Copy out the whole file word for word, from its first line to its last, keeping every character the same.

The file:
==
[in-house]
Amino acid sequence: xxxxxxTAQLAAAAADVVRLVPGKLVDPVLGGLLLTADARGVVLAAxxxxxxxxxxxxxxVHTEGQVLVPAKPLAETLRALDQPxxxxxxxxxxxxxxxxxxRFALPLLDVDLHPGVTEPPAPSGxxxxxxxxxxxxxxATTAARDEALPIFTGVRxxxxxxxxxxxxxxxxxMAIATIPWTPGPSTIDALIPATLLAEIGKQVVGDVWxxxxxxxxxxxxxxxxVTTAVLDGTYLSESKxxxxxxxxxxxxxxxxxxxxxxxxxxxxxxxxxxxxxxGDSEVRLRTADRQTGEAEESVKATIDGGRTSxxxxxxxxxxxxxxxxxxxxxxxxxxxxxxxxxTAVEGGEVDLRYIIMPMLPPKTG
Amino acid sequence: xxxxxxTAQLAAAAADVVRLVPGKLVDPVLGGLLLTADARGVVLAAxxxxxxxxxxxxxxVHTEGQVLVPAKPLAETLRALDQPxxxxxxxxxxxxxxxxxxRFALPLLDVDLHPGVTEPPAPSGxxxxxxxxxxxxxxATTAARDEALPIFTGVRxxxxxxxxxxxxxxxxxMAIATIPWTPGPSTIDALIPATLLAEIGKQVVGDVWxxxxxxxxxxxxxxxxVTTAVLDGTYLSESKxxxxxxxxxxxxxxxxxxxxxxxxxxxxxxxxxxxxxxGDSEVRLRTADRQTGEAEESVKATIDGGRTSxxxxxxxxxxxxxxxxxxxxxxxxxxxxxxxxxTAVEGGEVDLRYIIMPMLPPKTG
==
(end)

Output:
[in-house]
Amino acid sequence: xxxxxxTAQLAAAAADVVRLVPGKLVDPVLGGLLLTADARGVVLAAxxxxxxxxxxxxxxVHTEGQVLVPAKPLAETLRALDQPxxxxxxxxxxxxxxxxxxRFALPLLDVDLHPGVTEPPAPSGxxxxxxxxxxxxxxATTAARDEALPIFTGVRxxxxxxxxxxxxxxxxxMAIATIPWTPGPSTIDALIPATLLAEIGKQVVGDVWxxxxxxxxxxxxxxxxVTTAVLDGTYLSESKxxxxxxxxxxxxxxxxxxxxxxxxxxxxxxxxxxxxxxGDSEVRLRTADRQTGEAEESVKATIDGGRTSxxxxxxxxxxxxxxxxxxxxxxxxxxxxxxxxxTAVEGGEVDLRYIIMPMLPPKTG
Amino acid sequence: xxxxxxTAQLAAAAADVVRLVPGKLVDPVLGGLLLTADARGVVLAAxxxxxxxxxxxxxxVHTEGQVLVPAKPLAETLRALDQPxxxxxxxxxxxxxxxxxxRFALPLLDVDLHPGVTEPPAPSGxxxxxxxxxxxxxxATTAARDEALPIFTGVRxxxxxxxxxxxxxxxxxMAIATIPWTPGPSTIDALIPATLLAEIGKQVVGDVWxxxxxxxxxxxxxxxxVTTAVLDGTYLSESKxxxxxxxxxxxxxxxxxxxxxxxxxxxxxxxxxxxxxxGDSEVRLRTADRQTGEAEESVKATIDGGRTSxxxxxxxxxxxxxxxxxxxxxxxxxxxxxxxxxTAVEGGEVDLRYIIMPMLPPKTG